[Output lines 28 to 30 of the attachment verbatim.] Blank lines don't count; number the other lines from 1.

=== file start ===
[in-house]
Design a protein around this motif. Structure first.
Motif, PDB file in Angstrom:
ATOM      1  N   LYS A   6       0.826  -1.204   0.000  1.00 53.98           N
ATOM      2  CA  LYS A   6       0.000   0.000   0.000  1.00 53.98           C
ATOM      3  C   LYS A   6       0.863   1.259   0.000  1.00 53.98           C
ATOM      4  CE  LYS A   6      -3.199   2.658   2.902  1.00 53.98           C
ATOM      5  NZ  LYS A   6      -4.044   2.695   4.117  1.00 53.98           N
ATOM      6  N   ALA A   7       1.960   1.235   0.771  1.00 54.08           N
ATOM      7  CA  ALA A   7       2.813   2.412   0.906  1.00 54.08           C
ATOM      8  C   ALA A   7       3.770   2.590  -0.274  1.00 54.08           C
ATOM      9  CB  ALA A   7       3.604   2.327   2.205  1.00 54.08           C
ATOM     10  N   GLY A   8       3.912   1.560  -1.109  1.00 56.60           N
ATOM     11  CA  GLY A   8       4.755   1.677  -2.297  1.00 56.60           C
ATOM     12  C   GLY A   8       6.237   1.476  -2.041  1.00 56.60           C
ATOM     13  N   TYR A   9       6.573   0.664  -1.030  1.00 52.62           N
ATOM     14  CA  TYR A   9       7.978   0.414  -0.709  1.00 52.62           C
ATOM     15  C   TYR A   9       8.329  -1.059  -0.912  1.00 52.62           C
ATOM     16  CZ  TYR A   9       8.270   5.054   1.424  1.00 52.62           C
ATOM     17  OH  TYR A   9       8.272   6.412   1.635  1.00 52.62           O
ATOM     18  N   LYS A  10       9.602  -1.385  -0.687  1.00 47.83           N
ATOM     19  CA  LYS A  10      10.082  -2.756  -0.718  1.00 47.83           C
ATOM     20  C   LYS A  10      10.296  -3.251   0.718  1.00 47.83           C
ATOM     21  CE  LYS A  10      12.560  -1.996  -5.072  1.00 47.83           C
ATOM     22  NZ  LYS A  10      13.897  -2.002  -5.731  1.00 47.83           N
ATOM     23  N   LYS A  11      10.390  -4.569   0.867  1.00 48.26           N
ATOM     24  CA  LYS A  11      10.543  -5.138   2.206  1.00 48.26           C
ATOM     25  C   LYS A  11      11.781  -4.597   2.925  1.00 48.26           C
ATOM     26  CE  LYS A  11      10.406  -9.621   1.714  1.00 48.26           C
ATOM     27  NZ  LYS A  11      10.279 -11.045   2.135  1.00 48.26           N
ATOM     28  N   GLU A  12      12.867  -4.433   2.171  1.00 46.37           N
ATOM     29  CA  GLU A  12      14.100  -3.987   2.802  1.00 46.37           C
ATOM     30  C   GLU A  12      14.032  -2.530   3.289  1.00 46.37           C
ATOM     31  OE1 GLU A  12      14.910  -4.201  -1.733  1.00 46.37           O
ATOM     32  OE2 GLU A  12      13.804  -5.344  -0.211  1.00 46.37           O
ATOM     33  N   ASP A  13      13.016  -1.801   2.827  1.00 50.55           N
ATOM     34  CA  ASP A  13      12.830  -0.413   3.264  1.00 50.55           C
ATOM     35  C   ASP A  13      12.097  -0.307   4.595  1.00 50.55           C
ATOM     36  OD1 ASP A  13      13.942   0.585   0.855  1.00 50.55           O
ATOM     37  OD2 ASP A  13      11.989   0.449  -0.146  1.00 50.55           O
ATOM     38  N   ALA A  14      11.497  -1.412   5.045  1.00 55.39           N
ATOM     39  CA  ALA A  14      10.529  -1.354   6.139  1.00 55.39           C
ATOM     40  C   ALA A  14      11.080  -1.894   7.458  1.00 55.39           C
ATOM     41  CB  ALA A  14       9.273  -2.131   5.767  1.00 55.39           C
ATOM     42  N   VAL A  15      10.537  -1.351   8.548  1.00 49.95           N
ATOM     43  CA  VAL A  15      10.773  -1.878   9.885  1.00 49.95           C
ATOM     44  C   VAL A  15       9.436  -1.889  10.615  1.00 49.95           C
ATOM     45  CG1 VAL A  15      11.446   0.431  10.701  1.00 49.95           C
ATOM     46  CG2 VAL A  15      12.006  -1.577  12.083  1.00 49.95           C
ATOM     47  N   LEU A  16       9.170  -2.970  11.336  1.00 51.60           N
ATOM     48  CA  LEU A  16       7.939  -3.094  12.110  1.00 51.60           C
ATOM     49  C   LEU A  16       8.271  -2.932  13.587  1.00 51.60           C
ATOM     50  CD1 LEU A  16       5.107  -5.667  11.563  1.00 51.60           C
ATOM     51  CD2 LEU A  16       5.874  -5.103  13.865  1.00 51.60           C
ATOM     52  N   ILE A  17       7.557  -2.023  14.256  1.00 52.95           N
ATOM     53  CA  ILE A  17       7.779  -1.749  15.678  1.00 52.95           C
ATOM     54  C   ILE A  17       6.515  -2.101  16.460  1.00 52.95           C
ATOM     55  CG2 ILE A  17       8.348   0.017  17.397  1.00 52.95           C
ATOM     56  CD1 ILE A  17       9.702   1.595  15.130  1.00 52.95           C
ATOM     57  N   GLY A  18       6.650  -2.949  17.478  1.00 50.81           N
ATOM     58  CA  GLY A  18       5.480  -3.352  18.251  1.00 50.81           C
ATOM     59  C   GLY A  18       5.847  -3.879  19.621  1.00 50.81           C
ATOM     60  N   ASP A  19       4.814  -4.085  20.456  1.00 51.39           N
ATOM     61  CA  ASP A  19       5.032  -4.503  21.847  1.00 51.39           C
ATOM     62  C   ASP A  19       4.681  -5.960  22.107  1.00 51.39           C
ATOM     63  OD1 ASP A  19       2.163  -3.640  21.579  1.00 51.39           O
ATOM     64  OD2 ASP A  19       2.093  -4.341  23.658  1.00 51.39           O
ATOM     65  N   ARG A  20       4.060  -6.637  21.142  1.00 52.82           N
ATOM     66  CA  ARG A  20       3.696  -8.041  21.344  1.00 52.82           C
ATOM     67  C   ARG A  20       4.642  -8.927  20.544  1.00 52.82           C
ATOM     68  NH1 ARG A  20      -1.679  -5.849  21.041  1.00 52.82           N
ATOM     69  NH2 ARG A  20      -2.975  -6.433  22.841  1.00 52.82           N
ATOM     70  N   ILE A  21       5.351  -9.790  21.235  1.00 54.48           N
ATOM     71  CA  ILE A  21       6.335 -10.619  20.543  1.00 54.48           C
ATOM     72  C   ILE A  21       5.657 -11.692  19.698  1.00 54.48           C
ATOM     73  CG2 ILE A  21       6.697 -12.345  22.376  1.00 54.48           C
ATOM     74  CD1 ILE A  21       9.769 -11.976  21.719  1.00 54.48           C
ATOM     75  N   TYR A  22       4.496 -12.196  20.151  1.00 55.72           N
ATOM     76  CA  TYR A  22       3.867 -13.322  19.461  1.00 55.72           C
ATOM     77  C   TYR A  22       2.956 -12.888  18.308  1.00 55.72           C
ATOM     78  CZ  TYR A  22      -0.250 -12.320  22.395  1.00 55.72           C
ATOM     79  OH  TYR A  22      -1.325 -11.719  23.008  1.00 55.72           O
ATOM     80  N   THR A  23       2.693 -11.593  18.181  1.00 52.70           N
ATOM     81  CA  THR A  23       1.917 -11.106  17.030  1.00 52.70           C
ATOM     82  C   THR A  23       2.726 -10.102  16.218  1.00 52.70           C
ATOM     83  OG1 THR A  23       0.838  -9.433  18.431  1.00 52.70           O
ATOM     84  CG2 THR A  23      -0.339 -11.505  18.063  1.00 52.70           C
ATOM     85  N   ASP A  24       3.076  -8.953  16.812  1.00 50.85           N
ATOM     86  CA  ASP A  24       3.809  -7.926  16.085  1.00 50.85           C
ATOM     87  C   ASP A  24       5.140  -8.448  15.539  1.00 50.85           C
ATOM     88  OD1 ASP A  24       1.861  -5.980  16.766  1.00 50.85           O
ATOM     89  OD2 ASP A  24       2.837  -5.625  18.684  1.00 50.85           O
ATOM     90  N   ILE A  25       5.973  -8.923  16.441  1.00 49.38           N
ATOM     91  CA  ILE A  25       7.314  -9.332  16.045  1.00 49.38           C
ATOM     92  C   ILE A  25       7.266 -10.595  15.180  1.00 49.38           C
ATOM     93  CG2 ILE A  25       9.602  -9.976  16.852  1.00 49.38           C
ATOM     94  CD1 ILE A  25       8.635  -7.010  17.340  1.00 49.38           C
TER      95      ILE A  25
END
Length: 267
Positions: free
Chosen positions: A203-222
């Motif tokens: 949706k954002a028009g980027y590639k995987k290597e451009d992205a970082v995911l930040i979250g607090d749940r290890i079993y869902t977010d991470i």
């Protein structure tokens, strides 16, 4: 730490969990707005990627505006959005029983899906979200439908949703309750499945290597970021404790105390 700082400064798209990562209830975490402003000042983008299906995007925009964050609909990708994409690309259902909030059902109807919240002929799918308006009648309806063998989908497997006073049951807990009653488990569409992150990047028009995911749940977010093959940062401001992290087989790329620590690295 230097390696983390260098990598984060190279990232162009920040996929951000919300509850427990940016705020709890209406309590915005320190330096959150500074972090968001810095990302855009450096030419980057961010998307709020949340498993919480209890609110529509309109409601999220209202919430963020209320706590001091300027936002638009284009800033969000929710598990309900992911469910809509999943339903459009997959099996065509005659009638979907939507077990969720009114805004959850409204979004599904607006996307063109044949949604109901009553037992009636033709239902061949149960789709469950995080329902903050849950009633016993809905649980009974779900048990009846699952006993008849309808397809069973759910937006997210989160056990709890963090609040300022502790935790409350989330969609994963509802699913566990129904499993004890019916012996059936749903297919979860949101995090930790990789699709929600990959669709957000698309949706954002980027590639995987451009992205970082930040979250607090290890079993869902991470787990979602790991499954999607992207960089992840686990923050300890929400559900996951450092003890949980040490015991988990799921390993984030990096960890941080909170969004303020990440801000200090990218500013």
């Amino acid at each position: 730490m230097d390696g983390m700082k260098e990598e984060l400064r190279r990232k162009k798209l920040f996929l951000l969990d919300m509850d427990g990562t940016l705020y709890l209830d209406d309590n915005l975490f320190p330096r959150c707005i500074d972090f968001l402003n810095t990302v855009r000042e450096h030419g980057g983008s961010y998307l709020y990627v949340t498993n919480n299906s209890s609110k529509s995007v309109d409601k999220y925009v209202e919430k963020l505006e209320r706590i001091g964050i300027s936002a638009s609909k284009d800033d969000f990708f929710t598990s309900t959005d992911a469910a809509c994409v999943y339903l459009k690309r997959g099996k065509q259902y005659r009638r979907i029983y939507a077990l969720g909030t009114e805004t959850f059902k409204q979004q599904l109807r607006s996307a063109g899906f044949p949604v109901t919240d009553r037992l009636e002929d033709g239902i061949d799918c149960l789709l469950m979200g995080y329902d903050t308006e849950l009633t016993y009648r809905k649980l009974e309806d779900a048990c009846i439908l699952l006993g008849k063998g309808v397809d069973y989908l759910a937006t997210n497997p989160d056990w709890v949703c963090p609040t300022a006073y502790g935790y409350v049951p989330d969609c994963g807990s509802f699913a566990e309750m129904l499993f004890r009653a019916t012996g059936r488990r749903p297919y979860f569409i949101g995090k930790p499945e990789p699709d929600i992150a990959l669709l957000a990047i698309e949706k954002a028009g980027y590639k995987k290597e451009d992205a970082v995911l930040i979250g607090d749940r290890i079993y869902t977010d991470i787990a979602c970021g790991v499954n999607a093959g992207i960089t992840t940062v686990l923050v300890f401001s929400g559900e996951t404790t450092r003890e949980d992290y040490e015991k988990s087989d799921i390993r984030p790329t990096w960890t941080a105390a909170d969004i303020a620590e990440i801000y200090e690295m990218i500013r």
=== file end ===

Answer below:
ATOM     25  C   LYS A  11      11.781  -4.597   2.925  1.00 48.26           C
ATOM     26  CE  LYS A  11      10.406  -9.621   1.714  1.00 48.26           C
ATOM     27  NZ  LYS A  11      10.279 -11.045   2.135  1.00 48.26           N